Different Strokes for Different etc. etc.

Giovanni Boccaccio, Genealogia Deorum Gentilium 1.3:

“Just as all people do not have the same appearance, so too are their judgments dissimilar. Achilles preferred war to peace, Aegisthus preferred idleness to war, and Plato pursued philosophy while neglecting everything else; Phidias sculpted statues with his chisel, and Apelles painted pictures with his brush. So, let me make no mention of other pursuits, a poet is delighted to veil the truth with fabrications. Macrobius, writing in his Dream of Scipio, seems to demonstrate the reason for the delight of the poetic art when he says,

I have already spoken about the other gods and about the spirit. Poets turn themselves to the fabulous not in vain and not so that they might offer delight, but because they know that an open exposition of everything everywhere is opposed to nature, which withdraws understanding of itself away from the vulgar senses of humans with a varied covering; so too she wished that her secrets should be handled by the knowledgeable through fables. Thus are the very mysteries of the fables are hidden away as in mines, but the nature of such things does not simply reveal herself naked to people who have attained even to this level; she reserves herself for the highest scholars who work with wisdom as a guide, who are conscious of the real secrets; everyone else must simply be content with less.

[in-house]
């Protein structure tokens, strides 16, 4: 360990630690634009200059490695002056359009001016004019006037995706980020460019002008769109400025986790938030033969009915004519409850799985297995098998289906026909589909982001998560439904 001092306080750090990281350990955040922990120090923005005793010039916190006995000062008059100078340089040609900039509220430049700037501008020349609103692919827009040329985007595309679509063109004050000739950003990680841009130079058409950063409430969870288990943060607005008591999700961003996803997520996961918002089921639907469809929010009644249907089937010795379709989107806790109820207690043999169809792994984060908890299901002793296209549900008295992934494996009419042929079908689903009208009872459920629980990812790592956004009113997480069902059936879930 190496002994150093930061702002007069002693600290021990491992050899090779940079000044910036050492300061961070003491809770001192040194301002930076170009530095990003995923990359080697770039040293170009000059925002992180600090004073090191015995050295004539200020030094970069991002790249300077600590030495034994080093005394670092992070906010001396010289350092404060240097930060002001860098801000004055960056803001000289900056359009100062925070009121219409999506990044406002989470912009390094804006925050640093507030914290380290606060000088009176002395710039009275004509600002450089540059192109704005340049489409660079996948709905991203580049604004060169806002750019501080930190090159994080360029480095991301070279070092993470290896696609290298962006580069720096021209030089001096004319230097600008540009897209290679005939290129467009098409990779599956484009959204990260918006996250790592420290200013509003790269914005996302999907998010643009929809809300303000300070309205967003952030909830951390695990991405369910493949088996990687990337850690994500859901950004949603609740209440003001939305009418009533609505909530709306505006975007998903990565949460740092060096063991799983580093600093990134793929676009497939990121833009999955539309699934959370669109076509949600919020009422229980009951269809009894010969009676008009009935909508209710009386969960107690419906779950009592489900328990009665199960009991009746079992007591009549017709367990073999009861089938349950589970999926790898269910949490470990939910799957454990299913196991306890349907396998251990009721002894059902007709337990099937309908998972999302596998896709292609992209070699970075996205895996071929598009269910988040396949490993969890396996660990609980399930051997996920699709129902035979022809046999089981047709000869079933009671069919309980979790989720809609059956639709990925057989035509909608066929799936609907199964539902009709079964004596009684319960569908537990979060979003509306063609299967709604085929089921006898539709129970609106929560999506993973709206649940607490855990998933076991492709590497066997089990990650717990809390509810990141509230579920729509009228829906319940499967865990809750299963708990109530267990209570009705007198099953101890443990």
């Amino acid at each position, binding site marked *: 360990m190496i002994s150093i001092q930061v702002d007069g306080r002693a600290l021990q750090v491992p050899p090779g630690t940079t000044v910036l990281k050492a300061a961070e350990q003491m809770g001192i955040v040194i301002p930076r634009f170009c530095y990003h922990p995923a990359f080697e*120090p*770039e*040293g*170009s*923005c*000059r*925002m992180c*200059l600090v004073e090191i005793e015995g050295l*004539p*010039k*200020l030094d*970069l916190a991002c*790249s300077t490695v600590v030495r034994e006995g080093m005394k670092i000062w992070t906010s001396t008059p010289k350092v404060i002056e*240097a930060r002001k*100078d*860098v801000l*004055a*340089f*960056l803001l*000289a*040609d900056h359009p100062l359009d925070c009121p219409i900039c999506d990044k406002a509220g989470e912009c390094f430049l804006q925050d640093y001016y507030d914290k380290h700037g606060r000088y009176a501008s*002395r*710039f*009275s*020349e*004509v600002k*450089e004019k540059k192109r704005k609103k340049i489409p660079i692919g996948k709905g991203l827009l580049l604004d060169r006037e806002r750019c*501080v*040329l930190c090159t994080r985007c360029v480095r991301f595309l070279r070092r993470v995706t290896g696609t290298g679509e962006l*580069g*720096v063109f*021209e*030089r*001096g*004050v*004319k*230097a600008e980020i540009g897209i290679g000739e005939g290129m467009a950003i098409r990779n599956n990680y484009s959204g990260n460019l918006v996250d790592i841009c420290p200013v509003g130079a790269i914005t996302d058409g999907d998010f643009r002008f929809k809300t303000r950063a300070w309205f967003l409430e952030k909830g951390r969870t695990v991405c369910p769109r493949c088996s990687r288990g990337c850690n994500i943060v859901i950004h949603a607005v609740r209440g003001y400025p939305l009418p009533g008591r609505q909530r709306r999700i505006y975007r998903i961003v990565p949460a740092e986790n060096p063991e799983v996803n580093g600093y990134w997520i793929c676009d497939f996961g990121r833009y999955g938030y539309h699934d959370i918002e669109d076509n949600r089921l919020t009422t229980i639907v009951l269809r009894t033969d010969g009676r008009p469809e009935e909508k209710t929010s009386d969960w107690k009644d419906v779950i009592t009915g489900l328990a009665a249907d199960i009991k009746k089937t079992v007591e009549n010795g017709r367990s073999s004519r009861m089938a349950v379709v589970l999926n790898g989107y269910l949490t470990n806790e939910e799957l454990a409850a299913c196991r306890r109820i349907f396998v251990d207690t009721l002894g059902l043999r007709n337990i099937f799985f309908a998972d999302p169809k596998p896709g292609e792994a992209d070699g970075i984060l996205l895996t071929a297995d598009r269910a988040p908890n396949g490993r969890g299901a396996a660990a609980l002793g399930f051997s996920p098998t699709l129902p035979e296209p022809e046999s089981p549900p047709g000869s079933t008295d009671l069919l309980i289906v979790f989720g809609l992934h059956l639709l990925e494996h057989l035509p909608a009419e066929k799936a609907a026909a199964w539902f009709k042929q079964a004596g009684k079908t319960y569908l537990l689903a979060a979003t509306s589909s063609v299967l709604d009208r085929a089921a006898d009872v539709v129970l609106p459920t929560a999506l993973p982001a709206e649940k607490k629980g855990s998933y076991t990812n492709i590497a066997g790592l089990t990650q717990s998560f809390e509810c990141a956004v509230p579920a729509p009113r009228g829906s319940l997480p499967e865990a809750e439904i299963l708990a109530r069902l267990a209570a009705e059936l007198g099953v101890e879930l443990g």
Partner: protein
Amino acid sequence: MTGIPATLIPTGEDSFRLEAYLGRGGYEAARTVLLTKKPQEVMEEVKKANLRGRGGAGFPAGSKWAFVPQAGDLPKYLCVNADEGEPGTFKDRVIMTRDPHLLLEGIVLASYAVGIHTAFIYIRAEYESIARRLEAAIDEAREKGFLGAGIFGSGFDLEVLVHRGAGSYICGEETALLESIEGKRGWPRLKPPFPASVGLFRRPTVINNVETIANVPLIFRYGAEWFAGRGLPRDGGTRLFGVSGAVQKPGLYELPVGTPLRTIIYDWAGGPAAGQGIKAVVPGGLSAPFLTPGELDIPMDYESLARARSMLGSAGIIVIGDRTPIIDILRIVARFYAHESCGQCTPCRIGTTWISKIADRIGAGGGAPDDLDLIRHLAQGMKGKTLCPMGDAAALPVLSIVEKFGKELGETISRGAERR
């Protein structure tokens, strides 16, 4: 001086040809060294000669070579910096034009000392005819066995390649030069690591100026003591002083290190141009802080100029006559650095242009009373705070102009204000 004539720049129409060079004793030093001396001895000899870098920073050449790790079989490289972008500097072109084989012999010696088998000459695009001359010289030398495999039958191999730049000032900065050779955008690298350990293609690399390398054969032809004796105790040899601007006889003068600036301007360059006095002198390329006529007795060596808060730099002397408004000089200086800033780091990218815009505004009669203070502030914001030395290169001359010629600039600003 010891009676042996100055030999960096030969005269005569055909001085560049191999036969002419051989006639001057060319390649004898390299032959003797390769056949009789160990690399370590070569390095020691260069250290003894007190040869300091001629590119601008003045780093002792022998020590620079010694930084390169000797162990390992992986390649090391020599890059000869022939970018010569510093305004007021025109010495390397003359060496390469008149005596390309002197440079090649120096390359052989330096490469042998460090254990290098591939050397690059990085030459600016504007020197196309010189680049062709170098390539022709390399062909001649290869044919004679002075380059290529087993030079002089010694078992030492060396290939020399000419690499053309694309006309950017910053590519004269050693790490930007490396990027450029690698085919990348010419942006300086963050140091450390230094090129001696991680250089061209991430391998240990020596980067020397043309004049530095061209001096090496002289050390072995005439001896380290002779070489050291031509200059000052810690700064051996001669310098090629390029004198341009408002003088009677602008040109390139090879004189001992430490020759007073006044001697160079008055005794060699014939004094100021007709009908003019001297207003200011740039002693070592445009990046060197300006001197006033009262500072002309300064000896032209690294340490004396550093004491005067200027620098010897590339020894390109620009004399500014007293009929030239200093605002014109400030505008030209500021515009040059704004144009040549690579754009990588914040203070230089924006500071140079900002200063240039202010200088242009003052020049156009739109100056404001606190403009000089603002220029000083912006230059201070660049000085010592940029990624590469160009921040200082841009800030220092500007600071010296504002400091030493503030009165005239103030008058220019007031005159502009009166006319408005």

Thus writes Macrobius. Though much more could easily be said on the topic, it seems to me that this is a sufficient response.”

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uti non equa facies omnibus, sic nec animorum iudicia. Achilles arma preposuit ocio, Egisthus desidiam armis, Plato phylosophiam omissis ceteris secutus est, statuas celte sculpere Phydias, Apelles pinnaculo ymagines pingere. Sic ut reliqua hominum studia sinam, poeta delectatus est tegere fabulis veritatem, cuius delectionis Macrobius super Somnio Scipionis scribens satis apte causam videtur ostendere dum dicit: De diis autem dixi ceteris, et de anima non frustra se, nec ut oblectent ad fabulosa convertunt, sed quia sciunt inimicam esse nature apertam undique expositionem sui, que sicut vulgaribus hominum sensibus intellectum sui vario rerum tegmine operimento subtraxit, ita a prudentibus arcana sua voluit per fabulosa tractari. Sic ipsa misteria fabularum cuniculis operiuntur, ne vel hoc adeptis nudam rerum talium natura se prebeat, sed summatibus tantum viris sapientia interprete, veri archani consciis contenti sunt reliqui. Hec Macrobius, quibus etsi multo plura dici possent, satis responsum arbitror exquirentibus.

But What Does the Fool Say?

Erasmus, Adagia I.i.98:

“‘The fool says foolish things.”

Euripides, in his Bacchae, writes Μῶρα γὰρ μῶρος λέγει, that is the speech of the fool is foolish* [lit: for the fool says foolish things]. With just as many words, our prophet Esaias has produced the same sentiment. Seneca, in his letters to Lucilius, says that this became a proverb among the Greeks: ‘People’s speech was just as their life.’ It is not sufficiently clear of what sort this was, unless because a certain poem of this sort survives, celebrated by the Greeks: